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I have a simple .NET 3.5 app for changing some database fields using an ODBCDataSet. Now the Feature Creep is asking if I can hide or show tabs and other controls based on the user's database permissions.

Ideally, I would like to control the permissions only on the SQL Server using Windows user groups, and the app would not have any built-in authentication or permission system--it simply uses the logged-in user's Windows account for the database connection. So thus it would have to "test" the permissions to determine whether or not to show the tabs for the user. For example, if they have "write" permissions to a certain table, then the tab for editing it would be visible; if not, the tab never loads for them.

That's really the part I need help with: how can I list or test the user's permissions to the ODBCDataSet?

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the Feature Creep... sounds like a Dilbert character. Can you store the user's permissions in a separate table? –  Beth Aug 21 '09 at 18:45
One of the more complex cases might be if the users have 'read/select' permissions but not 'write/update', and I was hoping to avoid having to do an actual update especially if some tables can't have extraneous records. But adding a stored procedure or a separate table would be harmless. Hrm... I like it. Oh, and I do think the Feature Creep was a guest character in Dilbert at one point. I've always liked the idea of personifying it. :) –  ewall Aug 21 '09 at 20:49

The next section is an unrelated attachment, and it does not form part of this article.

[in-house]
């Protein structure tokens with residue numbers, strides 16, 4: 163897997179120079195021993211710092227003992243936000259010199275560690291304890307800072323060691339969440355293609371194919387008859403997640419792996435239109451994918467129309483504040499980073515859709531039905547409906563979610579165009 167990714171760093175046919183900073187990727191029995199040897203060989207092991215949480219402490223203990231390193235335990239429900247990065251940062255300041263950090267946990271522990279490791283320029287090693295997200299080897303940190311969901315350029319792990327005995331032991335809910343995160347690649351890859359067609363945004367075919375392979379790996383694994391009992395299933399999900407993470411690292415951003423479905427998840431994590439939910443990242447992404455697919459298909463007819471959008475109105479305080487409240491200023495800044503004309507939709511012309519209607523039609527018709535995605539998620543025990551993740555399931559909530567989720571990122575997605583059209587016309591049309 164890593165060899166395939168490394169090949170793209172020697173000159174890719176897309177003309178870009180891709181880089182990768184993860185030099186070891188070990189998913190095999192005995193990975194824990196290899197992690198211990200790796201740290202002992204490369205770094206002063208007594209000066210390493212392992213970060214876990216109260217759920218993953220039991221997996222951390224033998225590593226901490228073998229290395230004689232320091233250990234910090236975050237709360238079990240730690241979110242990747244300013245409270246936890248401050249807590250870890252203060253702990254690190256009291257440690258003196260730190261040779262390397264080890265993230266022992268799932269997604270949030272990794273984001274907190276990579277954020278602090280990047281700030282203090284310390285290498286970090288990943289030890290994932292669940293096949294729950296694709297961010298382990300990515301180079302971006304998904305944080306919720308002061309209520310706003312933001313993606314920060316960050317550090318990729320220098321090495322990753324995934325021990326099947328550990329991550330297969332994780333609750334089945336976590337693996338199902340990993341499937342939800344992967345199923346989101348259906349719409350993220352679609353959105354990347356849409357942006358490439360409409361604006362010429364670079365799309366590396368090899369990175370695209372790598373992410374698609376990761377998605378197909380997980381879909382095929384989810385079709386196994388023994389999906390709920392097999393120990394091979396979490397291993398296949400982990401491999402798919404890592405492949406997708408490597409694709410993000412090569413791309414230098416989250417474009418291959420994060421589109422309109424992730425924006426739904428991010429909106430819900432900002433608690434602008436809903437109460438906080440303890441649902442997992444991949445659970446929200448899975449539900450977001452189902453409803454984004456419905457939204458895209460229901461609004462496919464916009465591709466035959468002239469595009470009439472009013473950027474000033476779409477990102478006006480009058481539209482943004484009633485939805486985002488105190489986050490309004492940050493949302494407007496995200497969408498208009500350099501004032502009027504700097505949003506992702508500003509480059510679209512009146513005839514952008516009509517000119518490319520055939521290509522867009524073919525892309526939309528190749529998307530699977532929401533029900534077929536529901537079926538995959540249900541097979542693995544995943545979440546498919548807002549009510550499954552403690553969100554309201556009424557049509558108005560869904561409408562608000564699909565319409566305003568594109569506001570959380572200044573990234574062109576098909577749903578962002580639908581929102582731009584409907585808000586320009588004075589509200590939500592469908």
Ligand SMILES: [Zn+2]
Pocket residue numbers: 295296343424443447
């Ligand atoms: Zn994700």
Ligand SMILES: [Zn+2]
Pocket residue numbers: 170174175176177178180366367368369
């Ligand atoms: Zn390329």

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2 Answers

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You could always Try/Catch the call to the DB. This would authenticate the user to the DB, then create a Stored Procedure to return all tables accessible.

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curious what you ended up with. I didn't take the time to research the realities of querying a user's access, I just knew there were work-arounds (i.e. test update/select/etc.). –  madcolor Aug 21 '09 at 20:59
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Are you opposed to having your app aware of the Windows user groups? Generally we use AD groups all the time for security like you speak of on both the database AND in the .NET code. Showing/hiding features is exactly the point. Additionally, even if for some reason they manage to get the feature to show, the database additionally checks their role and can prevent actions.

Personally, I think checking the role membership in .NET code is the easiest solution (you can do this with the IsInRole method).

However, if there are reasons why you cannot or do not want to have the app aware of group names, in case they change, I understand. There's probably not an ODBC method of checking, as any method would most likely be proprietary and/or database dependent (SQL Server, etc.)... other than that, you'd have to write code to attempt an insert/update command on a known test record and see if it comes back with an SqlException I guess.

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